Wisconsin-Purdue: Badgers Need a Quick Start

Sam OlesonCorrespondent IJanuary 25, 2010

INDIANAPOLIS - MARCH 13:  Jordan Taylor #11 of the Wisconsin Badgers brings the ball up court against the Ohio State Buckeyes during the second round of the Big Ten Men's Basketball Tournament at Conseco Fieldhouse on March 13, 2009 in Indianapolis, Indiana.  (Photo by Jonathan Daniel/Getty Images)
Jonathan Daniel/Getty Images

As a Badger fan, I'm really at a loss.

For two straight games Wisconsin has played probably their worst basketball of the year in the first half, and yet they've come away with two victories.

After being down by as much as 14 against Penn State on Sunday, Wisconsin miraculously managed to send the game to overtime and pulled out another perplexing victory. Perplexing because these two undeserved wins have come at home, and honestly, the Badgers couldn't look much worse as they head into maybe their stiffest test of the year.

This certainly doesn't look like the same team of only two weeks ago.

I understand that losing Jon Leuer really hurts this team. I know that. Losing your second-leading scorer and only true inside presence is huge.

But just the fact that Wisconsin has come out flatter than the Great Plains is what is really confusing and, in a way, depressing me. Wisconsin is still a pretty good team and playing in the Kohl Center is supposed to virtually guarantee a Badger win, but that simply hasn't been the case without Leuer.

Luckily for the Badgers, their two opponents, Michigan and Penn State, are average at best and they were able to recover in the second halves to steal the games.

However, that is not going to be the case when they head to West Lafayette on Thursday to take on Purdue. If they get out to the start they did against Michigan and Penn State, the game will be over by halftime.

Despite a recent rough patch, Purdue is still one of the best teams in the country and there's not going to be 17,000-plus willing the Badgers to a win in the second half.

And this time, Wisconsin isn't going to have the luxury of playing against a vastly-undersized team like they did against the Nittany Lions. Sure, Keaton Nankivil was able to tally 17 points on Sunday, but he certainly wasn't facing the kind of competition he'll face against the Boilermakers.

Both Robbie Hummel (6'8") and JuJuan Johnson (6'10") will look to work it inside and the Badgers simply don't have an answer. Nankivil will have to be on his game both offensively and defensively if Wisconsin is going to have any shot at an upset win.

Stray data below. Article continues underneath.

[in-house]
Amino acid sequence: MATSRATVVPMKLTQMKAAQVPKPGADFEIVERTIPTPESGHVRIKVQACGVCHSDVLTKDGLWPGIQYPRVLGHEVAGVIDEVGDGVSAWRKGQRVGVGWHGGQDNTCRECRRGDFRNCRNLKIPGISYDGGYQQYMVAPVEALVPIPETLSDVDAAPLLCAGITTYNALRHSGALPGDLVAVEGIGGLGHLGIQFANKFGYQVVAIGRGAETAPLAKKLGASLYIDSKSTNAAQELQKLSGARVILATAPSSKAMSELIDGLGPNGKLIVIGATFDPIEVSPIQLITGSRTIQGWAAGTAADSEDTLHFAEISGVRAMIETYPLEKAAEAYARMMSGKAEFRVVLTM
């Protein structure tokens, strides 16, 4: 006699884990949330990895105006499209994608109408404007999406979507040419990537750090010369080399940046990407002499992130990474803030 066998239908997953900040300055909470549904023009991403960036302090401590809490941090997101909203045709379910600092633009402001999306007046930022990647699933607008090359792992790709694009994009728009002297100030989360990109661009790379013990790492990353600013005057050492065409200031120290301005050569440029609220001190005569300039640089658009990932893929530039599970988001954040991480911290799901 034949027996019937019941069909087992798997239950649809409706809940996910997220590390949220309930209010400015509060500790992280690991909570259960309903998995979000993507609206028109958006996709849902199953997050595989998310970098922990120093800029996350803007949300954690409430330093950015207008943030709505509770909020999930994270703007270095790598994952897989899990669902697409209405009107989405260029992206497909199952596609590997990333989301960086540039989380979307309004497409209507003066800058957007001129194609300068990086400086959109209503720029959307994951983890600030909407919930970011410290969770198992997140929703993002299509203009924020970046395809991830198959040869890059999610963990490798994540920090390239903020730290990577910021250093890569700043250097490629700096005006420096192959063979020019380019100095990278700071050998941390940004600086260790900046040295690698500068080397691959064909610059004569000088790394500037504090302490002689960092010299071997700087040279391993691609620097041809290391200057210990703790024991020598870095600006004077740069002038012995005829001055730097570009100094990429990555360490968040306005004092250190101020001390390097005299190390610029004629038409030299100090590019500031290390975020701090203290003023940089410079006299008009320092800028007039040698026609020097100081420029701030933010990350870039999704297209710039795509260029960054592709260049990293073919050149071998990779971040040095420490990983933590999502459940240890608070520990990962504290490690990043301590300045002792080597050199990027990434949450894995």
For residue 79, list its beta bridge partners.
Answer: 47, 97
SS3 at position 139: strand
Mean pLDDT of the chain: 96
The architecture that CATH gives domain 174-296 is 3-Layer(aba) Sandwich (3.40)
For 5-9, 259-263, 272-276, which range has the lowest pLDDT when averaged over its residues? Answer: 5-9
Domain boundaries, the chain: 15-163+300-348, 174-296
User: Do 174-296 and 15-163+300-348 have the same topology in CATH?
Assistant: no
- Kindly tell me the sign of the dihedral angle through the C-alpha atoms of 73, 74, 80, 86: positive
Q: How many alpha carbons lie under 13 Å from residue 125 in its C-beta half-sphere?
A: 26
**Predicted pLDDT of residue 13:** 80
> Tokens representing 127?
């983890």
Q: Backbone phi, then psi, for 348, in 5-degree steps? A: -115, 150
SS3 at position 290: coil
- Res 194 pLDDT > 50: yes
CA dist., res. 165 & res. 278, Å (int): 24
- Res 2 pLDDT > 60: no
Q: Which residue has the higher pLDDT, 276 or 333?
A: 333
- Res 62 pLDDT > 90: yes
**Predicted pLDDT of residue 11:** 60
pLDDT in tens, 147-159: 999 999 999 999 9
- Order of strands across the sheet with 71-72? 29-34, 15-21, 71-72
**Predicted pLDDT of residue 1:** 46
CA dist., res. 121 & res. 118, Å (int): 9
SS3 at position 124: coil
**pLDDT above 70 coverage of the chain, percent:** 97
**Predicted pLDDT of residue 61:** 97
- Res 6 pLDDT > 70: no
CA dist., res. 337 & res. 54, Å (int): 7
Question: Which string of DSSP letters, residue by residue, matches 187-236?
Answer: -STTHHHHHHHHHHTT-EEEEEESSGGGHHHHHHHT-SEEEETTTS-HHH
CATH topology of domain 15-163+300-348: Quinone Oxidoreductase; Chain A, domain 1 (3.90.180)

That said, despite my criticisms in an earlier article, Wisconsin's guards did play well against Penn State. Although their first-half numbers were still lower than desired, their second-half play more than made up for it and was the sole reason Wisconsin managed to pull out a victory. Jordan Taylor was simply amazing down the stretch, scoring 18 of Wisconsin's last 24 points in regulation and overtime.

They'll have to be on their game for 40 minutes against Purdue though, not just a half.

Wisconsin shot only 40 percent from the field in the first half against Penn State and only 32 percent against Michigan. Although Wisconsin is usually good defensively, the Badgers can't expect to compete against Purdue on defense alone. They'll need to score. Purdue is simply too good on offense.

As a team, Purdue is averaging 76 points a game with three players (E'Twaun Moore, Hummel, and Johnson) averaging in double figures. Unless Wisconsin plays their best defensive game of the year, this game is not going to be in the 50s.

That's why Wisconsin needs to get out to a quick start.

Even with Hughes and Taylor having monster second halves in the last two games, it was barely enough to get the Badgers past two mediocre teams. On the road, against a much better team, Wisconsin will not be able recover from a poor first half.